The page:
While there is broad agreement amongst scientists that polygraph “testing” has no scientific basis, and the National Academy of Sciences has recently confirmed that polygraph screening is completely invalid, there is no question that the polygraph can be useful for getting admissions from those who can still be convinced that the polygrapher can see their soul. While such duping is becoming increasingly difficult as knowledge of “the lie behind the lie detector” spreads, it appears to have succeeded in the CIA’s polygraph dragnet aimed at identifying employees who have made unauthorized media contacts.
In an article titled “C.I.A. Fires Senior Officer Over Leaks,” New York Times reporters David Johnston and Scott Shane mention, among other things, the role of the polygraph in the firing of CIA officer Mary O. McCarthy. Excerpt:
WASHINGTON, April 21 â€” The Central Intelligence Agency has dismissed a senior career officer for disclosing classified information to reporters, including material for Pulitzer Prize-winning articles in The Washington Post about the agency’s secret overseas prisons for terror suspects, intelligence officials said Friday.
The C.I.A. would not identify the officer, but several government officials said it was Mary O. McCarthy, a veteran intelligence analyst who until 2001 was senior director for intelligence programs at the National Security Council, where she served under President Bill Clinton and into the Bush administration.
At the time of her dismissal, Ms. McCarthy was working in the agency’s inspector general’s office, after a stint at the Center for Strategic and International Studies, an organization in Washington that examines global security issues.
The dismissal of Ms. McCarthy provided fresh evidence of the Bush administration’s determined efforts to stanch leaks of classified information. The Justice Department has separately opened preliminary investigations into the disclosure of information to The Post, for its articles about secret prisons, as well as to The New York Times, for articles last fall that disclosed the existence of a program of domestic eavesdropping without warrants supervised by the National Security Agency. Those articles were also recognized this week with a Pulitzer Prize.
Several former veteran C.I.A. officials said the dismissal of an agency employee over a leak was rare and perhaps unprecedented. One official recalled the firing of a small number of agency contractors, including retirees, for leaking several years ago.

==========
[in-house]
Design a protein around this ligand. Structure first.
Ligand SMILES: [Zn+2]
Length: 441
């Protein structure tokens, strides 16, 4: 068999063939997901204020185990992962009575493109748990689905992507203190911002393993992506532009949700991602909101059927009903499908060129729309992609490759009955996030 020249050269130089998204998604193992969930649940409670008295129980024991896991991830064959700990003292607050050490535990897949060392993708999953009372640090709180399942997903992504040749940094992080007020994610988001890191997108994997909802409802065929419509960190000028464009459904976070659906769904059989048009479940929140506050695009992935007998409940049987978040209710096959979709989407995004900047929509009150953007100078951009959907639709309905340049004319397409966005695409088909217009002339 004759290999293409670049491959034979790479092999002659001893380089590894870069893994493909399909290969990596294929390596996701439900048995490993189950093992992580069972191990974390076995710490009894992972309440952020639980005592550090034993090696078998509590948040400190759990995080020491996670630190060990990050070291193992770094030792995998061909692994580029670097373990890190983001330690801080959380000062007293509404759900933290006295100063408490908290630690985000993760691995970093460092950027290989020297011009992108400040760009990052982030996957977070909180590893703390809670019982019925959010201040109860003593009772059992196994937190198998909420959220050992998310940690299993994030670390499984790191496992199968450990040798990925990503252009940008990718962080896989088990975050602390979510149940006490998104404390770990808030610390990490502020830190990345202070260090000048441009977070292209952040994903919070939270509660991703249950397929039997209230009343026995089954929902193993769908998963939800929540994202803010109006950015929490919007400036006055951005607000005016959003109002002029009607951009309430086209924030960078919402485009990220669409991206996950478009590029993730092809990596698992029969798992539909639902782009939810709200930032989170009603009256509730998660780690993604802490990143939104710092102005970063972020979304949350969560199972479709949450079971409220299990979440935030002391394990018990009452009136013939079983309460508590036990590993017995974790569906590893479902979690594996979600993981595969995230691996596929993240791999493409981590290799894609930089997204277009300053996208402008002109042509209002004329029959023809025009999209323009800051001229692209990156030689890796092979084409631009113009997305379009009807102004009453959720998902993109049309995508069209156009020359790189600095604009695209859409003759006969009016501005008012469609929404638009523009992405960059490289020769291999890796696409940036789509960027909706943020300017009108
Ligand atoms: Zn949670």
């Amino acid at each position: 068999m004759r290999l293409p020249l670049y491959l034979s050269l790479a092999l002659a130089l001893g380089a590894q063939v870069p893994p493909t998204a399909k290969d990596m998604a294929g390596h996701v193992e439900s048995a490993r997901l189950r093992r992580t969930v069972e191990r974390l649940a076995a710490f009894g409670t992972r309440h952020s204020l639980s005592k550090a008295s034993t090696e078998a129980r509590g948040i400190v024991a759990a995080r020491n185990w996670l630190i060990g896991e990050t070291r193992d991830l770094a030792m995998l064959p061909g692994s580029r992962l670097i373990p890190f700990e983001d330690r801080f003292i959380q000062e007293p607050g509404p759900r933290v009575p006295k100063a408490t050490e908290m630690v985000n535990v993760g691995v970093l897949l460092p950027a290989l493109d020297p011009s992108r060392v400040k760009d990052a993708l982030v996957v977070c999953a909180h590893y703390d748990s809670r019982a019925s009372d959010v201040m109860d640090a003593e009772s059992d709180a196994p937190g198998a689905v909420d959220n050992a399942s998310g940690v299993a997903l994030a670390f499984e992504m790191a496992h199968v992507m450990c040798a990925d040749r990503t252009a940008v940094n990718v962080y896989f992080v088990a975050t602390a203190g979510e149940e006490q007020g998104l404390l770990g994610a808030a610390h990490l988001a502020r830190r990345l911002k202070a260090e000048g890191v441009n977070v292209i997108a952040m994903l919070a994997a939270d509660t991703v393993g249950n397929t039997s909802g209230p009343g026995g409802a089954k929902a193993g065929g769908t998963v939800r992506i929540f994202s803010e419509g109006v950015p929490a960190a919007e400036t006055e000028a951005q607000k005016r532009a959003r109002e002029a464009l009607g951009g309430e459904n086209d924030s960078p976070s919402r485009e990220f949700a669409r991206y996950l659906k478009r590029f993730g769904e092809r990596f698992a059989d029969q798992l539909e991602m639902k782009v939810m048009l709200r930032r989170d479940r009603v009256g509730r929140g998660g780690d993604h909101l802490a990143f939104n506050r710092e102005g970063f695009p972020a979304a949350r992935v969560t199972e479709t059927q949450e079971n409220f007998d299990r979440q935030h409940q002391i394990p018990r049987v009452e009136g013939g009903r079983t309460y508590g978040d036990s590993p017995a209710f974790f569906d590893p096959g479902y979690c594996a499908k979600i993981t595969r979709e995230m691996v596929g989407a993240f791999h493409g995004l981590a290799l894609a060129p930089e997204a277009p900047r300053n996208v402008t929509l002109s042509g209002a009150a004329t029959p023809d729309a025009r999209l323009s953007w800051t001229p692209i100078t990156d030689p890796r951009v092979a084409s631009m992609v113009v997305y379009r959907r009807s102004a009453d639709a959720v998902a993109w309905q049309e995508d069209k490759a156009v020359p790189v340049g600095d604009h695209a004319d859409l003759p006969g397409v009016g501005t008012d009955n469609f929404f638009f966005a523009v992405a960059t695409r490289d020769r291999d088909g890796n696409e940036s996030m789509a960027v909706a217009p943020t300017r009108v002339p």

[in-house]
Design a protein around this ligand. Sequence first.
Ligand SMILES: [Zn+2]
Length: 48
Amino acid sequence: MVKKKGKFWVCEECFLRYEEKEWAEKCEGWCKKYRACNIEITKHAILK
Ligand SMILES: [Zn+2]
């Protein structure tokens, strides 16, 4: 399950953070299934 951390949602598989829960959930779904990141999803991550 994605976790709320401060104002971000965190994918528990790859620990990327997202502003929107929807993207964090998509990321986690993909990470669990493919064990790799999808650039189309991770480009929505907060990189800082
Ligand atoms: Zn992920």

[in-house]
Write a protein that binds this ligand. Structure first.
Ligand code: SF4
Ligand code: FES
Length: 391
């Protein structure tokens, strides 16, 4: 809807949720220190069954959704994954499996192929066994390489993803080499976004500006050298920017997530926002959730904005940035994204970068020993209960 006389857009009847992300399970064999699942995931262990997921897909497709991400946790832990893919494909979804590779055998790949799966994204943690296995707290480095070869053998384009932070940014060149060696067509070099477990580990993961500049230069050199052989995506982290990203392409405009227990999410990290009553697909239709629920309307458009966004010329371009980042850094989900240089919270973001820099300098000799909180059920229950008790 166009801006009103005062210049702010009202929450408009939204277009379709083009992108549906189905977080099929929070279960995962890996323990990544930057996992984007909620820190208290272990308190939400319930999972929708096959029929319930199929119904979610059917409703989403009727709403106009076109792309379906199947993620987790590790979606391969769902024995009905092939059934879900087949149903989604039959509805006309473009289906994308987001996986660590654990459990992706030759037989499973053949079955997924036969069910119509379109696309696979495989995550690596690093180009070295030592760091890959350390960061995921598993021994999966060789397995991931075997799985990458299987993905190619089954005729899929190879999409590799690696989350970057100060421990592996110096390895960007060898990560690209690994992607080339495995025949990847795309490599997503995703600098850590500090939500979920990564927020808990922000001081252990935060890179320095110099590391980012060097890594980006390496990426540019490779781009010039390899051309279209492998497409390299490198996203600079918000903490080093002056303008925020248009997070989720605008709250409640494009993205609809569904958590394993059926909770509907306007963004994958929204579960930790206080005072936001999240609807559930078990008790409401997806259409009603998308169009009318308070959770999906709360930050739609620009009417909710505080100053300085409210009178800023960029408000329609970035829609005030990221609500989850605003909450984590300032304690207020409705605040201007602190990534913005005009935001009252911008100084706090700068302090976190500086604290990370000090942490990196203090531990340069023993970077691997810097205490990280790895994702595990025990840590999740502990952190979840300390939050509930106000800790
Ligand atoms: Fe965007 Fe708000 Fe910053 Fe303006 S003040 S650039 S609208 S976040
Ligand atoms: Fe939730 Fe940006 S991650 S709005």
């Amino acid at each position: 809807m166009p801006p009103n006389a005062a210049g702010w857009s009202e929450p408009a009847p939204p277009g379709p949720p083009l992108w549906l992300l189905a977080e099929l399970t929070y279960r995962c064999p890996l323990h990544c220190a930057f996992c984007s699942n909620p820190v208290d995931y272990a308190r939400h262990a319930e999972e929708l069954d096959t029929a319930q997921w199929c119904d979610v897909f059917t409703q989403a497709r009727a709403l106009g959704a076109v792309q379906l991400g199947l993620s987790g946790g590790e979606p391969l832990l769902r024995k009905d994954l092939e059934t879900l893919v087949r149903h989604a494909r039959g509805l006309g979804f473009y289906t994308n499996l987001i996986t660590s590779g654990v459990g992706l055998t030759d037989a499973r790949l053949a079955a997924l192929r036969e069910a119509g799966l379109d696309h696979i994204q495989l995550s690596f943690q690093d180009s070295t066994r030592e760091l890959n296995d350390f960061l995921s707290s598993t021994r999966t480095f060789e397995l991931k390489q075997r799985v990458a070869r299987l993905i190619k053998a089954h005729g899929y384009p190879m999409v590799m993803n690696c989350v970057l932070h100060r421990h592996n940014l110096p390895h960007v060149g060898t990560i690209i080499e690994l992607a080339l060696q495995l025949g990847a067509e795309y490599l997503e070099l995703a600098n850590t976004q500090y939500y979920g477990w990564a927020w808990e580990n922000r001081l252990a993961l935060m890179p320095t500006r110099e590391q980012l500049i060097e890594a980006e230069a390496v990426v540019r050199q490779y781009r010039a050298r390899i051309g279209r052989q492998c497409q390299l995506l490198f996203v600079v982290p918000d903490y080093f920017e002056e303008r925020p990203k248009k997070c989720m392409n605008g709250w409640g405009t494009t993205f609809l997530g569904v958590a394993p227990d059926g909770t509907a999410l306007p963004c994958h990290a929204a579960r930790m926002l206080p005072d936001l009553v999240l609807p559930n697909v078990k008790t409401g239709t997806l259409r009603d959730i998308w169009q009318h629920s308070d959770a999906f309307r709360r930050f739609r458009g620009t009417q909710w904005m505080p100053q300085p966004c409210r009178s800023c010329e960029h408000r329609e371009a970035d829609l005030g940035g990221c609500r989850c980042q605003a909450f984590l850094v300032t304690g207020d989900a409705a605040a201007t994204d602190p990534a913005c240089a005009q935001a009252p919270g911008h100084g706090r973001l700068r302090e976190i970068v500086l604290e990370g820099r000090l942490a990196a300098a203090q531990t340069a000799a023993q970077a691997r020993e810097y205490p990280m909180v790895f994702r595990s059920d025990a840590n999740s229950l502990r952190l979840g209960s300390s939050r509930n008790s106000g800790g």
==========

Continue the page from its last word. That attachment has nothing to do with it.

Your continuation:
The dismissal was announced Thursday at the C.I.A. in an e-mail message sent by Porter J. Goss, the agency’s director, who has made the effort to stop unauthorized disclosure of secrets a priority. News of the dismissal was first reported Friday by MSNBC.
Ms. McCarthy’s departure followed an internal investigation by the C.I.A.’s Security Center, as part of an intensified effort that began in January to scrutinize employees who had access to particularly classified information. She was given a polygraph examination, confronted about answers given to the polygraph examiner and confessed, the government officials said. On Thursday, she was stripped of her security clearance and escorted out of C.I.A. headquarters. Ms. McCarthy did not reply Friday evening to messages left by e-mail and telephone.
In January, current and former government officials said, Mr. Goss ordered polygraphs for intelligence officers who knew about certain “compartmented” programs, including the secret detention centers for terrorist suspects. Polygraphs are routinely given to agency employees at least every five years, but special polygraphs can be ordered when a security breach is suspected.
The results of such exams are regarded as important indicators of deception among some intelligence officials. But they are not admissible as evidence in court â€” and the C.I.A.’s reliance on the polygraph in Ms. McCarthy’s case could make it more difficult for the government to prosecute her.
And in “CIA Officer Is Fired for Media Leaks,” Washington Post reporter Dafna Linzer mentions that “CIA officials said the career intelligence officer failed more than one polygraph test and acknowledged unauthorized contacts with reporters.”
Polygraph advocates will point to this case as a success for the polygraph. And in terms of obtaining Ms. McCarthy’s admission(s), they may well be correct. However, it remains doubtful whether the polygraph can be credited for having “detected” a leaker. One would have to ask, how many other CIA employees who did not speak with the media failed polygraphs on this topic? And how many who did speak with the media nonetheless passed their polygraphs?
In addition, McCarthy may have been identified prior to the polygraph by other means, such as the NSA’s ongoing illegal domestic surveillance program. On 28 December 2005, independent journalist Wayne Madsen reported:
NSA spied on its own employees, other U.S. intelligence personnel, and their journalist and congressional contacts. WMR has learned that the National Security Agency (NSA), on the orders of the Bush administration, eavesdropped on the private conversations and e-mail of its own employees, employees of other U.S. intelligence agencies — including the CIA and DIA — and their contacts in the media, Congress, and oversight agencies and offices.
If a leaker within the CIA were actually identified through such illegal means, a “failed polygraph” would provide the perfect cover.
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